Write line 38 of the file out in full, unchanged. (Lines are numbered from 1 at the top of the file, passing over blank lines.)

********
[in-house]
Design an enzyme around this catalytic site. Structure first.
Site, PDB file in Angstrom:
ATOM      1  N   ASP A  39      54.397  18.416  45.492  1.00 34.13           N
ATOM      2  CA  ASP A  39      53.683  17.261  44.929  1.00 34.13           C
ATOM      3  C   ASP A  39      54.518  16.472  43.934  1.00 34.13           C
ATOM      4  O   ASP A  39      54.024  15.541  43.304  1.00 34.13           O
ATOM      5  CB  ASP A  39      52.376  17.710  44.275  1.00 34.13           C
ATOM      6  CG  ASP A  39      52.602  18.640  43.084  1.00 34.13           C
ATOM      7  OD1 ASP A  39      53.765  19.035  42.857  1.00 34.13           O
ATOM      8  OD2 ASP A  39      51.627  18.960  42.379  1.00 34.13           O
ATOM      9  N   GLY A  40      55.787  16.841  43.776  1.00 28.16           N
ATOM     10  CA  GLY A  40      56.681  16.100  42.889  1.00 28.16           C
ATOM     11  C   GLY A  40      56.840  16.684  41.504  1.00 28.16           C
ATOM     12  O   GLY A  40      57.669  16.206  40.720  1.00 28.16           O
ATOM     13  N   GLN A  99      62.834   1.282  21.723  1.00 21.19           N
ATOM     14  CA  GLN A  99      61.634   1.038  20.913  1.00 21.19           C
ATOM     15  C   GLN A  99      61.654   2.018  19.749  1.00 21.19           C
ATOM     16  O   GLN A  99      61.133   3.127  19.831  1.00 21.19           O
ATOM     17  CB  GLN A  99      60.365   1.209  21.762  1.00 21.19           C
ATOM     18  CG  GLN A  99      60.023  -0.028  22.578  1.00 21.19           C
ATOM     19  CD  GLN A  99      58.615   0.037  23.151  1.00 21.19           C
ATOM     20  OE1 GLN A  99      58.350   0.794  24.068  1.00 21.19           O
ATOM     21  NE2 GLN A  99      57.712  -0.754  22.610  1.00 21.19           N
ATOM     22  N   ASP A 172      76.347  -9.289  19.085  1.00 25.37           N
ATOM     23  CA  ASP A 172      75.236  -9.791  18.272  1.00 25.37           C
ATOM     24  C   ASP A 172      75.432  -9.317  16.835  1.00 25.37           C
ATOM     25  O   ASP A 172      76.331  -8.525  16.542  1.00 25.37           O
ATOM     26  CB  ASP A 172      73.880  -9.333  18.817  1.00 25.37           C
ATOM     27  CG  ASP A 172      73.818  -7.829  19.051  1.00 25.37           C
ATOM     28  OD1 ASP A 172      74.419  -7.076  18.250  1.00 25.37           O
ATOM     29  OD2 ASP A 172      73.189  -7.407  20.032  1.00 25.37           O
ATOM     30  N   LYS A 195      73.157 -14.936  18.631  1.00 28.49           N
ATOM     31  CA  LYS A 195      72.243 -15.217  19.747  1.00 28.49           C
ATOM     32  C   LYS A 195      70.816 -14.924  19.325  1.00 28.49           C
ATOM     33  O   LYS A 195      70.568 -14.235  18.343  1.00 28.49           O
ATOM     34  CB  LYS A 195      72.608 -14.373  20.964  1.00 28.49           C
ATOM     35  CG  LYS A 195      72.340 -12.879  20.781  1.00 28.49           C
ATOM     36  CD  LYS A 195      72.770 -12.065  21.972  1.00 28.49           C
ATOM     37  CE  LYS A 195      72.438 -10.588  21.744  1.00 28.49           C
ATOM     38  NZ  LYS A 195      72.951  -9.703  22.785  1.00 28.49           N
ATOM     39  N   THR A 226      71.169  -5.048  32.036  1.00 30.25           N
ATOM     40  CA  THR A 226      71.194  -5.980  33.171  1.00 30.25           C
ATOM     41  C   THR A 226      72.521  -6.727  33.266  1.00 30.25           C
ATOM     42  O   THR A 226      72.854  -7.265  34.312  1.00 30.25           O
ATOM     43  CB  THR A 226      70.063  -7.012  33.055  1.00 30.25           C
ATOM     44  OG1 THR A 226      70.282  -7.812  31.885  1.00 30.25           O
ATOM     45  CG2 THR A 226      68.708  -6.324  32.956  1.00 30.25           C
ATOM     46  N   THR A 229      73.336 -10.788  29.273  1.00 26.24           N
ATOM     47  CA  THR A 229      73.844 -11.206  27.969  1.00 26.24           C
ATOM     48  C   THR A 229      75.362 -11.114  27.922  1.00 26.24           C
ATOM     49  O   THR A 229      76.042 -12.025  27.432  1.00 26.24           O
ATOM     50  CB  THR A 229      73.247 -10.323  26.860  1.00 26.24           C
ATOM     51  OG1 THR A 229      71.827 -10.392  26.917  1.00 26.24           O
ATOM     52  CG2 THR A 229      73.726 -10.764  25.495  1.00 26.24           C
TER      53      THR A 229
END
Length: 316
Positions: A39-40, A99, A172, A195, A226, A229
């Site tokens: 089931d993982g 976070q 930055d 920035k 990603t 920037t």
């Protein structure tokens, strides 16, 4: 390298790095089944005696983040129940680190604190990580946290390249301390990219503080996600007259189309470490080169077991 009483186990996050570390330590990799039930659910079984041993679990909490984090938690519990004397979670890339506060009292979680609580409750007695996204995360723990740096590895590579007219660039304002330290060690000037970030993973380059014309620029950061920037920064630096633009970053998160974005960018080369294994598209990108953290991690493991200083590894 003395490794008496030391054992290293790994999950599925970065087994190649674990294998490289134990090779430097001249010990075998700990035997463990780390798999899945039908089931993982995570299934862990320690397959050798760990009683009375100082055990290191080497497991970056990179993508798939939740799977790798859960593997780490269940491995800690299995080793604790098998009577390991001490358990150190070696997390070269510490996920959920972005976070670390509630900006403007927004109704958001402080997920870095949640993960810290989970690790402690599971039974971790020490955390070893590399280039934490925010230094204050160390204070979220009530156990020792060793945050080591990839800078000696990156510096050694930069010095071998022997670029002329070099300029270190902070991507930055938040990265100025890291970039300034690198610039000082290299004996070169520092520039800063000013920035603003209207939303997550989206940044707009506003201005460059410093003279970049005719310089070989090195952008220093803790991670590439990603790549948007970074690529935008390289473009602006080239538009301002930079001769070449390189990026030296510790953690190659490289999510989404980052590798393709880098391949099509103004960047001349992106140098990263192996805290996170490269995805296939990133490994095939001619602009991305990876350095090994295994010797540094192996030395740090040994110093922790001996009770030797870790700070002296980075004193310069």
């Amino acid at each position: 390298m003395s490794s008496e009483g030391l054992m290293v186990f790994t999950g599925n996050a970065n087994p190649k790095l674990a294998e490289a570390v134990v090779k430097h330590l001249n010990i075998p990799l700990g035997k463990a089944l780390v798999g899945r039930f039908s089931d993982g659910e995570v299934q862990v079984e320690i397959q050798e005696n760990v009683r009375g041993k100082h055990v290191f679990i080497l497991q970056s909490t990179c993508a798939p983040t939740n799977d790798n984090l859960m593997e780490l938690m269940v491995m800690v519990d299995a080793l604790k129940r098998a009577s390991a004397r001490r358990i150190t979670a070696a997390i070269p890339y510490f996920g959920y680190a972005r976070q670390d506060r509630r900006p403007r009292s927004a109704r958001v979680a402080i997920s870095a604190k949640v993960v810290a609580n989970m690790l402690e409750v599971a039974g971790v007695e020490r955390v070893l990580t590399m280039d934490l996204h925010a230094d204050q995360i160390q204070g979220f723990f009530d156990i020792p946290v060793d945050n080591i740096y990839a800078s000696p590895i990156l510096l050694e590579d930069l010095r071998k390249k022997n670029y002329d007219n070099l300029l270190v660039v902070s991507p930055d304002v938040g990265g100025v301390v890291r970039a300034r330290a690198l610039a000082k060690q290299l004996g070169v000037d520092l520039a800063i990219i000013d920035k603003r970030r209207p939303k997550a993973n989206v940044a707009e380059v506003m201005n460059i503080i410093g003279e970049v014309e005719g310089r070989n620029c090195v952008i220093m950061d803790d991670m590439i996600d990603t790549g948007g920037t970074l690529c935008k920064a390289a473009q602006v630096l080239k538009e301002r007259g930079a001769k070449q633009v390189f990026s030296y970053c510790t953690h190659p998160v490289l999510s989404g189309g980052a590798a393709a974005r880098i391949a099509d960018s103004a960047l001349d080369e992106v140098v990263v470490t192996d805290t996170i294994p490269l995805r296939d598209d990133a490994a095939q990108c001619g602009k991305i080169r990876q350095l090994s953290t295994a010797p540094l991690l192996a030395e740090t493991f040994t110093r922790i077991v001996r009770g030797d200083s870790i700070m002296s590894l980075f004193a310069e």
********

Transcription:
ATOM     35  CG  LYS A 195      72.340 -12.879  20.781  1.00 28.49           C